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Cape May Rare Bird Alert - 4/16/1998
You have reached the Cape May Birding Hotline, a service of New Jersey Audubon Society's Cape May Bird Observatory. Highlights for the week ending April 9 include reports of SWALLOW-TAILED KITE, SANDHILL CRANE, SEDGE WREN, EURASIAN WIGEON, COMMON EIDER, local nature notes, and news of CMBO.

A SWALLOW-TAILED KITE was seen on April 14 over Hidden Valley Ranch. It was glimpsed again in the distance about 45 minutes later, but was not seen thereafter

A SANDHILL CRANE called as it flew over the South Cape May Meadows (SCMM) on April 11.

A SEDGE WREN continues to be heard west of the raised platform at SCMM, but it has not shown itself.

A EURASIAN WIGEON continues to be seen at the Coast Guard ponds along Ocean Drive.

A sub-adult male COMMON EIDER has been present off the Stone Harbor beaches, usually between 100th and 110th Sts. It was seen this week on April 11 and 13.

An AMERICAN GOLDEN PLOVER was seen at Nummy Island on April 14.

There were several new arrivals this past week including a very early COMMON NIGHTHAWK was over Cape May Point on April 10, two WHIMBREL were over Cape May Point on the 11th, STILT SANDPIPER (a very scarce migrant in spring) was seen at Stipson Island Rd. on the 12th, CHUCK-WILLS-WIDOW was very early on April 13 in Rio Grande, ROYAL TERN was at Cape May Point on the 14th, and BROAD-WINGED HAWK was at Beaver Swamp WMA on the 15th.

BLACK-AND-WHITE and PRAIRIE WARBLERS returned on April 11, and on April 16 KENTUCKY, PROTHONOTARY, and YELLOW WARBLERS and OVENBIRD all returned to Bevan WMA in Cumberland County, while an INDIGO BUNTING showed up at Cape May Point.

Several hundred NORTHERN GANNETS have been seen around Cape May Point on many days, and RED-THROATED LOONS continue to stage in Delaware Bay. COMMON LOONS and DOUBLE-CRESTED CORMORANTS have been conspicuous heading north overhead. WILLETS are beginning to show up also.

Local nature Notes follow: There are several species of butterflies that can only be seen only early in the season and are gone: JUVENAL'S DUSKYWING, FALCATE ORANGETIP, and HENRY'S ELFIN are all flying now, but will be gone by early May. All were seen on the Wednesday Butterfly Walk at Beaver Swamp on April 15. In Addition were AMERICAN SNOUTS, and SPRING AZURES. AMERICAN LADIES, a southern immigrant have been seen in a few places, and a RED ADMIRAL (another immigrant was at Cape May Point State Park on the 14th. This is the best time of year to see MOURNING CLOAKS, which disappear in the hot weather months. Only a few species of dragon and damselflies have been reported: a few GREEN DARNERS, FRAGILE FORKTAIL, and April's commonest dragonfly, BLUE CORPORAL SKIMMER. Early season dragonflies to look for include HARLEQUIN DARNER, which prefers boggy areas near White Cedar Swamps and TWIN-SPOTTED SPIKETAIL, which likes to hunt dirt roads. Most frog species are calling now, but the incredible din of Spring Peepers is foremost around Cape May. The first MUD TURTLES and PAINTED TURTLES were reported this week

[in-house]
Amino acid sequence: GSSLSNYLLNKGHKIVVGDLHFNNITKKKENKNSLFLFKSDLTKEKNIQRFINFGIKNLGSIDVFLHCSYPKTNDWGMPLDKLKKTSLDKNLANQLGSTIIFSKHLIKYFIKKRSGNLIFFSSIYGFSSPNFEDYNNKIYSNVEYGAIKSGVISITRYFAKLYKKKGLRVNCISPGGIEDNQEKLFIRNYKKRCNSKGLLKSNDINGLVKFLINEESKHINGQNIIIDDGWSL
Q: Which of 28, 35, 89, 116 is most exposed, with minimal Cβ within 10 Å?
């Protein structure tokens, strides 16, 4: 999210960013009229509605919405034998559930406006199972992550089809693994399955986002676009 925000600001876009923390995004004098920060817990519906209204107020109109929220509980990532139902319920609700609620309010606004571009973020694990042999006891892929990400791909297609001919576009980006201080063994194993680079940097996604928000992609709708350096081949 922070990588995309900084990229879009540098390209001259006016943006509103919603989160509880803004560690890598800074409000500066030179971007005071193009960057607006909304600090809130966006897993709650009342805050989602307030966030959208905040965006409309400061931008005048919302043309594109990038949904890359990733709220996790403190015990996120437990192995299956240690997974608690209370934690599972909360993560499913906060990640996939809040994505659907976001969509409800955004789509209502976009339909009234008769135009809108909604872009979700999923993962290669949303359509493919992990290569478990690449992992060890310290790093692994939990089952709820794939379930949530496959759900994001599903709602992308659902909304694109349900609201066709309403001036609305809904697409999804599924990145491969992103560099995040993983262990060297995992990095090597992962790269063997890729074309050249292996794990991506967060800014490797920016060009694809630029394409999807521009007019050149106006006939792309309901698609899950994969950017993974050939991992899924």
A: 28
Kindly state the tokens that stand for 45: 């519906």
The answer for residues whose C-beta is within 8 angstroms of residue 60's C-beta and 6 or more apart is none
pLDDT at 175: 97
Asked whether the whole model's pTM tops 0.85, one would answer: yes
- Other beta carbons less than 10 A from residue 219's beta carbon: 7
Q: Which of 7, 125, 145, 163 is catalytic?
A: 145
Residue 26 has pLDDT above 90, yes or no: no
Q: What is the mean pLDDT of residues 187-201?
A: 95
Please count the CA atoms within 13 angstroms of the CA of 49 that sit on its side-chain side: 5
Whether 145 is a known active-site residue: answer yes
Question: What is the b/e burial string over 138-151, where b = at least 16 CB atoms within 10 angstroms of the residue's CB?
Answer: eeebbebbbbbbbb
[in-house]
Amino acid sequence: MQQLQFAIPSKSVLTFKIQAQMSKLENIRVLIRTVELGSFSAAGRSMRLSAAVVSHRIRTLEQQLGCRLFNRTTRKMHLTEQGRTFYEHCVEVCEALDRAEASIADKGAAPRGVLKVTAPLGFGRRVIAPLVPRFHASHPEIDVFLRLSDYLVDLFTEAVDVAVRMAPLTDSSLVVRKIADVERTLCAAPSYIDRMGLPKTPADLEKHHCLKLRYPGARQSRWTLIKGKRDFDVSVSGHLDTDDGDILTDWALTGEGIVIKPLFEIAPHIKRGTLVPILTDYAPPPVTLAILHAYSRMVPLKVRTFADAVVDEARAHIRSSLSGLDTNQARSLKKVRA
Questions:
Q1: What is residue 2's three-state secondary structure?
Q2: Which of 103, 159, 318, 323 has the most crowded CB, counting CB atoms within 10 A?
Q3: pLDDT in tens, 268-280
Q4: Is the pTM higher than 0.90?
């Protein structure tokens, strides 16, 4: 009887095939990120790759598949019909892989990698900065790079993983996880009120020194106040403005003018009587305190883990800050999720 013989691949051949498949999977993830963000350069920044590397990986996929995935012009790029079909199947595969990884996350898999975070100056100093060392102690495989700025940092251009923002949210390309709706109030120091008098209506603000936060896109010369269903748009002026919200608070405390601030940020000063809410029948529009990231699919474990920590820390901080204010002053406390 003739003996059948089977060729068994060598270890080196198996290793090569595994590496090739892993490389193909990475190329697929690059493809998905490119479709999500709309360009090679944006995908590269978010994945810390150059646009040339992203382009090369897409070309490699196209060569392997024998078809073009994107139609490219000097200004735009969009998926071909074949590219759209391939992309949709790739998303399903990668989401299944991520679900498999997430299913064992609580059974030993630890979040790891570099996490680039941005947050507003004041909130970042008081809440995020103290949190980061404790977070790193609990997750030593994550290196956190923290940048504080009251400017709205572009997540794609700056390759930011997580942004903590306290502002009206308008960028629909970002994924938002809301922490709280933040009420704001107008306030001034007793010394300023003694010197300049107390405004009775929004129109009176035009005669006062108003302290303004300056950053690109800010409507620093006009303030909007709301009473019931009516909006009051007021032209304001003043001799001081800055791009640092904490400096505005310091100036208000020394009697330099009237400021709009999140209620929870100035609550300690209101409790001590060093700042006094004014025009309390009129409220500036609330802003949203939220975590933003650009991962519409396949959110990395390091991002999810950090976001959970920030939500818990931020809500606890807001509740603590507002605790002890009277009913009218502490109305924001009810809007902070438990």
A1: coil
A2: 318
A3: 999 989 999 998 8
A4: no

The Cape May Bird Observatory has daily walks, requiring no preregistration, and many special field trips and programs that do. To receive a copy of our Program Schedule, stop our centers, or call 609-861-0700, or go to New Jersey Audubon's WEB SITE at http://www.njaudubon.org

The Cape May Bird Observatory is a research and education unit of the New Jersey Audubon Society. Our aim is to perpetuate and preserve the ornithological significance of Cape May. Your membership supports these goals and this hotline. For more information call 609-861-0700 or send a request for information to CMBO, 600 Route 47 North, Cape May Court House, NJ 08210. Don't hesitate to visit our two centers of activity. CMBO's Center for Research & Education is located at 600 Route 47 North in Goshen. CMBO's Northwood Center is located at 701 East Lake Drive in Cape May Point. Both centers feature gardens, feeding stations, nature & book stores, and birding information. The Center in Goshen also has a wildlife art gallery, featuring artists, photographer, and carvers.

The Cape May Birding Hotline is a service of New Jersey Audubon's Cape May Bird Observatory and details sightings from Cape May, Cumberland, and Atlantic Counties and near shore waters. Updates are made on Thursday evenings, more often if warranted. Please report sightings of rare or unusual birds to CMBO at 609-884-2736. Thanks for calling and GOOD BIRDING!

 
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